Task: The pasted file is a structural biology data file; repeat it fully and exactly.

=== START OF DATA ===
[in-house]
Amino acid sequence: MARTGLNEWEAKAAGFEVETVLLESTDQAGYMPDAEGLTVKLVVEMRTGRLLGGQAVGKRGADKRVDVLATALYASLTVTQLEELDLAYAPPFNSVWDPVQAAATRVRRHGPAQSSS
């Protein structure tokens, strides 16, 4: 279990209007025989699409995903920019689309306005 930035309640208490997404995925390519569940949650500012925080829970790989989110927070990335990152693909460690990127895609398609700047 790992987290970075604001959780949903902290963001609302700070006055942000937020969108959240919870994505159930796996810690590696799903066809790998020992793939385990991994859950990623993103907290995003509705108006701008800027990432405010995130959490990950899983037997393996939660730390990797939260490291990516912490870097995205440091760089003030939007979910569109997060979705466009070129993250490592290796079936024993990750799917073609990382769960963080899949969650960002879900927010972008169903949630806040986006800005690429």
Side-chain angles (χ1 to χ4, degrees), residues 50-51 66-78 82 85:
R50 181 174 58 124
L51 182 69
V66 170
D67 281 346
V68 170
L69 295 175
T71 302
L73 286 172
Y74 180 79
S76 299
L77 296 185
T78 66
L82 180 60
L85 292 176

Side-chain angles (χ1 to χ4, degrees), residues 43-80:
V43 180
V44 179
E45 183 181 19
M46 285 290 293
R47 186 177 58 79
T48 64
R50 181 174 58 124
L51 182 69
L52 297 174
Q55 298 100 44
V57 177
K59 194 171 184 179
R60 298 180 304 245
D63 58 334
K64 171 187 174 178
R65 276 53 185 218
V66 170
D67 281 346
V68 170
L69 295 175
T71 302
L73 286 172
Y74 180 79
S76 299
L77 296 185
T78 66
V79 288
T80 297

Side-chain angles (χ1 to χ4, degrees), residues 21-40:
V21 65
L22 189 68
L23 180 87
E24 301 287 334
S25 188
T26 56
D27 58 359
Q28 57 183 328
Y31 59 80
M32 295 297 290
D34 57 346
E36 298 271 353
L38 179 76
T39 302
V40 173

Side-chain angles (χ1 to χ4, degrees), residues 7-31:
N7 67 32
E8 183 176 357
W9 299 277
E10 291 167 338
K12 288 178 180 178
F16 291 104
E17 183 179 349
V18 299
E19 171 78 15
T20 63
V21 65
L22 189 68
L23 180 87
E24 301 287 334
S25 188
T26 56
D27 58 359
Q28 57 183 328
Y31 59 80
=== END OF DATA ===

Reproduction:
[in-house]
Amino acid sequence: MARTGLNEWEAKAAGFEVETVLLESTDQAGYMPDAEGLTVKLVVEMRTGRLLGGQAVGKRGADKRVDVLATALYASLTVTQLEELDLAYAPPFNSVWDPVQAAATRVRRHGPAQSSS
């Protein structure tokens, strides 16, 4: 279990209007025989699409995903920019689309306005 930035309640208490997404995925390519569940949650500012925080829970790989989110927070990335990152693909460690990127895609398609700047 790992987290970075604001959780949903902290963001609302700070006055942000937020969108959240919870994505159930796996810690590696799903066809790998020992793939385990991994859950990623993103907290995003509705108006701008800027990432405010995130959490990950899983037997393996939660730390990797939260490291990516912490870097995205440091760089003030939007979910569109997060979705466009070129993250490592290796079936024993990750799917073609990382769960963080899949969650960002879900927010972008169903949630806040986006800005690429």
Side-chain angles (χ1 to χ4, degrees), residues 50-51 66-78 82 85:
R50 181 174 58 124
L51 182 69
V66 170
D67 281 346
V68 170
L69 295 175
T71 302
L73 286 172
Y74 180 79
S76 299
L77 296 185
T78 66
L82 180 60
L85 292 176

Side-chain angles (χ1 to χ4, degrees), residues 43-80:
V43 180
V44 179
E45 183 181 19
M46 285 290 293
R47 186 177 58 79
T48 64
R50 181 174 58 124
L51 182 69
L52 297 174
Q55 298 100 44
V57 177
K59 194 171 184 179
R60 298 180 304 245
D63 58 334
K64 171 187 174 178
R65 276 53 185 218
V66 170
D67 281 346
V68 170
L69 295 175
T71 302
L73 286 172
Y74 180 79
S76 299
L77 296 185
T78 66
V79 288
T80 297

Side-chain angles (χ1 to χ4, degrees), residues 21-40:
V21 65
L22 189 68
L23 180 87
E24 301 287 334
S25 188
T26 56
D27 58 359
Q28 57 183 328
Y31 59 80
M32 295 297 290
D34 57 346
E36 298 271 353
L38 179 76
T39 302
V40 173

Side-chain angles (χ1 to χ4, degrees), residues 7-31:
N7 67 32
E8 183 176 357
W9 299 277
E10 291 167 338
K12 288 178 180 178
F16 291 104
E17 183 179 349
V18 299
E19 171 78 15
T20 63
V21 65
L22 189 68
L23 180 87
E24 301 287 334
S25 188
T26 56
D27 58 359
Q28 57 183 328
Y31 59 80